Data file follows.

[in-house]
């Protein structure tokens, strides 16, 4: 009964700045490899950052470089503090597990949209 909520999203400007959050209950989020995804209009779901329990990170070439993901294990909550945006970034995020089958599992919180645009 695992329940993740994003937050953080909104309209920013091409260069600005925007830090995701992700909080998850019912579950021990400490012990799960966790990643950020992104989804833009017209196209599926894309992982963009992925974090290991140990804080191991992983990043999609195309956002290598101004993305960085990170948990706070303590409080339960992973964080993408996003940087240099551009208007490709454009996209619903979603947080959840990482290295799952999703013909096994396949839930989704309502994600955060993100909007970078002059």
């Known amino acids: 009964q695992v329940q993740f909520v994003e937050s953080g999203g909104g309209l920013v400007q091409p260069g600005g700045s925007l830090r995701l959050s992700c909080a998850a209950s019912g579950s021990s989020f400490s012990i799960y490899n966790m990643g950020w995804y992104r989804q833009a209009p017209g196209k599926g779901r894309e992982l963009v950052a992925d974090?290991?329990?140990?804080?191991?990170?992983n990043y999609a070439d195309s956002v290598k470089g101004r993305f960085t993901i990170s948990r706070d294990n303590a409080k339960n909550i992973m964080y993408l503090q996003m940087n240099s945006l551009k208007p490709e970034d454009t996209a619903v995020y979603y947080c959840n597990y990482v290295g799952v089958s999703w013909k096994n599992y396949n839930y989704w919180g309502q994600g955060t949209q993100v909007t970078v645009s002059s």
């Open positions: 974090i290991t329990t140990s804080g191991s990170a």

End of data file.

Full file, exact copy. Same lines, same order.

[in-house]
């Protein structure tokens, strides 16, 4: 009964700045490899950052470089503090597990949209 909520999203400007959050209950989020995804209009779901329990990170070439993901294990909550945006970034995020089958599992919180645009 695992329940993740994003937050953080909104309209920013091409260069600005925007830090995701992700909080998850019912579950021990400490012990799960966790990643950020992104989804833009017209196209599926894309992982963009992925974090290991140990804080191991992983990043999609195309956002290598101004993305960085990170948990706070303590409080339960992973964080993408996003940087240099551009208007490709454009996209619903979603947080959840990482290295799952999703013909096994396949839930989704309502994600955060993100909007970078002059």
């Known amino acids: 009964q695992v329940q993740f909520v994003e937050s953080g999203g909104g309209l920013v400007q091409p260069g600005g700045s925007l830090r995701l959050s992700c909080a998850a209950s019912g579950s021990s989020f400490s012990i799960y490899n966790m990643g950020w995804y992104r989804q833009a209009p017209g196209k599926g779901r894309e992982l963009v950052a992925d974090?290991?329990?140990?804080?191991?990170?992983n990043y999609a070439d195309s956002v290598k470089g101004r993305f960085t993901i990170s948990r706070d294990n303590a409080k339960n909550i992973m964080y993408l503090q996003m940087n240099s945006l551009k208007p490709e970034d454009t996209a619903v995020y979603y947080c959840n597990y990482v290295g799952v089958s999703w013909k096994n599992y396949n839930y989704w919180g309502q994600g955060t949209q993100v909007t970078v645009s002059s």
């Open positions: 974090i290991t329990t140990s804080g191991s990170a």